Over my many years of fly fishing I have discovered two main situations where an ant ends up on my line. The first is during blustery days, and these are more frequent than one would desire in the western half of the United States. I have vivid memories of days on the upper Colorado River near Parshall when I was not having much success with a dry/dropper or a single dry fly presentation. Periodic gusts of wind caused a brief flurry of rises, and I reassessed my approach only to guess that the wind was blowing terrestrials into the river. I swapped my subsurface beadhead nymph for a parachute ant behind a large visible foam attractor that enabled me to follow the small terrestrial. This ploy yielded several fifteen inch brown trout that sipped the low riding parachute. Trout seem to have a strong craving for terrestrials and especially ants. The scene that I described on the Colorado River has transpired on other streams, and my success is probably only limited by my inclination to test other flies before resorting to an ant.

Zoomed on Green

The second application of a parachute ant is the fussy fish situation. We have all been there. We sight a fish sipping something from the surface film in a fairly consistent rhythm. In my case I abandon my usual “three casts and move on” style of fishing, and I dwell on a sighted riser. I generally cycle through a series of fly changes in an attempt to dupe the selective fish in front of me. The menu usually includes a mayfly and caddis. If neither of these fool the reluctant fish, I default to a parachute ant. There are few experiences in fly fishing more rewarding than duping a difficult fish after numerous fly changes with a tiny parachute ant riding flush in the film. These scenes remain permanently etched in my memory bank.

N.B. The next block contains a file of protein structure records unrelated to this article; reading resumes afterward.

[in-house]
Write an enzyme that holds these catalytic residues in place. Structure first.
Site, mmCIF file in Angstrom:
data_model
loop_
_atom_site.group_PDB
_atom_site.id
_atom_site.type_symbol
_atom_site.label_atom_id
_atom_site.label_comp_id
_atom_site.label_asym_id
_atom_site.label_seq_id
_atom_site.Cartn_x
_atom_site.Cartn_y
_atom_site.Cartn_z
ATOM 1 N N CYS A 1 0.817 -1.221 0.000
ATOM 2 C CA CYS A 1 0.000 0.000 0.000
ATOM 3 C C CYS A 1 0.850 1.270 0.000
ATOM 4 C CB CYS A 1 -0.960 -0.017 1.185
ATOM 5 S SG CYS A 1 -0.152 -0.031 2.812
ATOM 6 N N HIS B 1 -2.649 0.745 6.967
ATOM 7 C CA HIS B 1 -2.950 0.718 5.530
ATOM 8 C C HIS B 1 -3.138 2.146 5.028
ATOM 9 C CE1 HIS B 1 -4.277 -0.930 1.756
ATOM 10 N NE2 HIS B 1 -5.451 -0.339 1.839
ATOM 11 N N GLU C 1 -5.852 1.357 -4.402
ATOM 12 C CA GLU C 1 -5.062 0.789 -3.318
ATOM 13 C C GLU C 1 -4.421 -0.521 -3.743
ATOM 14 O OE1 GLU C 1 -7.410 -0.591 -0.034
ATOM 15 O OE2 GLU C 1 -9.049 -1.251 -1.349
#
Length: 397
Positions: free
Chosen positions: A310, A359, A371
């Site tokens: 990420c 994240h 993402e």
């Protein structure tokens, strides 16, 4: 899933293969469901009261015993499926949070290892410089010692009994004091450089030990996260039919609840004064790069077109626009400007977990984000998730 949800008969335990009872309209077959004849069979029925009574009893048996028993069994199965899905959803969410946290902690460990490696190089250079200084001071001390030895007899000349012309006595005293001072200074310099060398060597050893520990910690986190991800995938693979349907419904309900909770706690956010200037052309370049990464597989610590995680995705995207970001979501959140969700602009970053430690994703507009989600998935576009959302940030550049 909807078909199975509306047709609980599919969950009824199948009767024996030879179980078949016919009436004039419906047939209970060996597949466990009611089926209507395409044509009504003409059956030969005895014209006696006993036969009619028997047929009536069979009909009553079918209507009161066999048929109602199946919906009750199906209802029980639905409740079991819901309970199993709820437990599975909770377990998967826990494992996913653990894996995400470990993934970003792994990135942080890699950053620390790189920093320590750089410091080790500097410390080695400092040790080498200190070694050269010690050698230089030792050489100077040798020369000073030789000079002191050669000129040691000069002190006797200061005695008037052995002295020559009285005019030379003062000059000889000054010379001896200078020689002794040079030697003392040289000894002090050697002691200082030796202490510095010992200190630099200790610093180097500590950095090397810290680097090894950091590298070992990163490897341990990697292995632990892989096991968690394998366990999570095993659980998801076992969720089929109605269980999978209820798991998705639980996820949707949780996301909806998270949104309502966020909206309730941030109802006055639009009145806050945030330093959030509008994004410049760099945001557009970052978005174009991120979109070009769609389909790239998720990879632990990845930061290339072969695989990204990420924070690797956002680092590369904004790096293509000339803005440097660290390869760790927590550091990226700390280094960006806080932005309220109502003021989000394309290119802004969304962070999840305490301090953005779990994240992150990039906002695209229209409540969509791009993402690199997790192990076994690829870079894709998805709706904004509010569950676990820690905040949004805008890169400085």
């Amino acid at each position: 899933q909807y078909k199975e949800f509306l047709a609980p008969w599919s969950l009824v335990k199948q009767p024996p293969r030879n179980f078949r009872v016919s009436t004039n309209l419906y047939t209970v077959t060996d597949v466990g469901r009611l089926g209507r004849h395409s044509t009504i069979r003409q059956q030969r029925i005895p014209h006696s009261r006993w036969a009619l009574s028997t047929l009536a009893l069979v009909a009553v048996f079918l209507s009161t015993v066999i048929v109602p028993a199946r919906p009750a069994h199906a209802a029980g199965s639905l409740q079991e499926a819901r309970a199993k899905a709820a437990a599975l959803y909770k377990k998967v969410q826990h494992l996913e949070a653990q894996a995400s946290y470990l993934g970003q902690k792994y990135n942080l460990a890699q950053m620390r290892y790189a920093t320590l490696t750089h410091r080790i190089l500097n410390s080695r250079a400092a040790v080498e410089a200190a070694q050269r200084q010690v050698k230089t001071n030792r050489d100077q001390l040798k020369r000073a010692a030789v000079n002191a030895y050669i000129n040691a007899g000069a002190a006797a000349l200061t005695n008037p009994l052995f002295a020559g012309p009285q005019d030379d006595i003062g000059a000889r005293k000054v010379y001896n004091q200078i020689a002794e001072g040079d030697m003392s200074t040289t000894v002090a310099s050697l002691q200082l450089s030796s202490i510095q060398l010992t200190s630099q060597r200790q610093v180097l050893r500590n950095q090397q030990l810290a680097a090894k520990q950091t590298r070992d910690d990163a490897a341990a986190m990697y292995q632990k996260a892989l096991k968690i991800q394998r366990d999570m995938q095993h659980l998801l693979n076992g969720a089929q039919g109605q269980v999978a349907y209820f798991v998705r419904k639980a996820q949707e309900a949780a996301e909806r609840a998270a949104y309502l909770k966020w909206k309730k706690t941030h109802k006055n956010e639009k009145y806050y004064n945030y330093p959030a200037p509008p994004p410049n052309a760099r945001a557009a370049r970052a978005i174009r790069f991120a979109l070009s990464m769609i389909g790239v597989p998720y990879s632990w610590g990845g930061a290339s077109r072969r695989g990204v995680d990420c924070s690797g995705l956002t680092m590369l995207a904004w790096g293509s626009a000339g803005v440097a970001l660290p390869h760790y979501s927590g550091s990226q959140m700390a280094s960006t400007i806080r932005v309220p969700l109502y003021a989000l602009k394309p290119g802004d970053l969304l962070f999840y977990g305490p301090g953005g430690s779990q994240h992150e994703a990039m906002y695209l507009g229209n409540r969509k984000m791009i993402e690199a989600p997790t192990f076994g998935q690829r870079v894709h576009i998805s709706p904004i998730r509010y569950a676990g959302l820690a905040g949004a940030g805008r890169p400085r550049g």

Orange Wings